After Penn Central filed for bankruptcy, an SEC investigation discovered that Goldman continued to sell the railroad's debt to its clients at 100 cents on the dollar -- even though, by the end of 1969, the firm knew that Penn Central's finances were deteriorating rapidly.
Not only was Goldman privy to Penn Central's internal numbers, it also heard repeatedly from the railroad's executives that it was rapidly running out of cash.
And according to the SEC, while Goldman did not share the bad news with its customers and continued to sell them the increasingly squirrelly Penn Central commercial paper, it did use public and nonpublic information to protect itself and its partners from having any of the paper on their books when the music stopped.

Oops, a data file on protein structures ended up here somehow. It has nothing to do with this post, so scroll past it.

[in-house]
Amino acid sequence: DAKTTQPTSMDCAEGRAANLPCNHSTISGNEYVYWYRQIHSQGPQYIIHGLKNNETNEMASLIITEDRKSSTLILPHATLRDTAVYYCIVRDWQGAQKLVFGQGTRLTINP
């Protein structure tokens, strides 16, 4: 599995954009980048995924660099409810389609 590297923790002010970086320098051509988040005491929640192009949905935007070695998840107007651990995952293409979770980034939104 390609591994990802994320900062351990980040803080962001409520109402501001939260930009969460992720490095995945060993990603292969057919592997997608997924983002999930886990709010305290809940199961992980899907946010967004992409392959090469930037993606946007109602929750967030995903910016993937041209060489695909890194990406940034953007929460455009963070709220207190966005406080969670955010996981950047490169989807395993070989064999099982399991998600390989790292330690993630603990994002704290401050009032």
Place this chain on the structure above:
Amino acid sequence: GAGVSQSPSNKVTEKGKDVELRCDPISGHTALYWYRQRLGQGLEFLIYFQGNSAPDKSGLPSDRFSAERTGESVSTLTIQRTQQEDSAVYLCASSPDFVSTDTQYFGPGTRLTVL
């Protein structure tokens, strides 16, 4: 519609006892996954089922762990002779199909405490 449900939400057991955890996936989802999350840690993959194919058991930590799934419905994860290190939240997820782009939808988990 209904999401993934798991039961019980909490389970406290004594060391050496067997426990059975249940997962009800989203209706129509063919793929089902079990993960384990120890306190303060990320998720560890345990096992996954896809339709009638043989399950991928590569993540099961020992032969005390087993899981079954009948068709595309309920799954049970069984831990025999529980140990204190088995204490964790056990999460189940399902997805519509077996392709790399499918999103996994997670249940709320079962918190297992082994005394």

Back then, Goldman was a private partnership with only its partners' capital at risk, not that of outside investors, like today.
By the beginning of February 1970, Goldman had $10 million worth of Penn Central's commercial paper on its balance sheet, about 20 percent of Goldman's $50 million in capital. Losing 20 percent of its capital would be devastating and would jeopardize Goldman's ability to stay in business.
Goldman's partners decided that they could not take that risk. On Feb. 5, 1970, the very day the firm received Penn Central's latest dismal numbers, it demanded that the railroad buy back Goldman's $10 million inventory of its commercial paper at 100 cents on the dollar, even though it was worth far less at that point.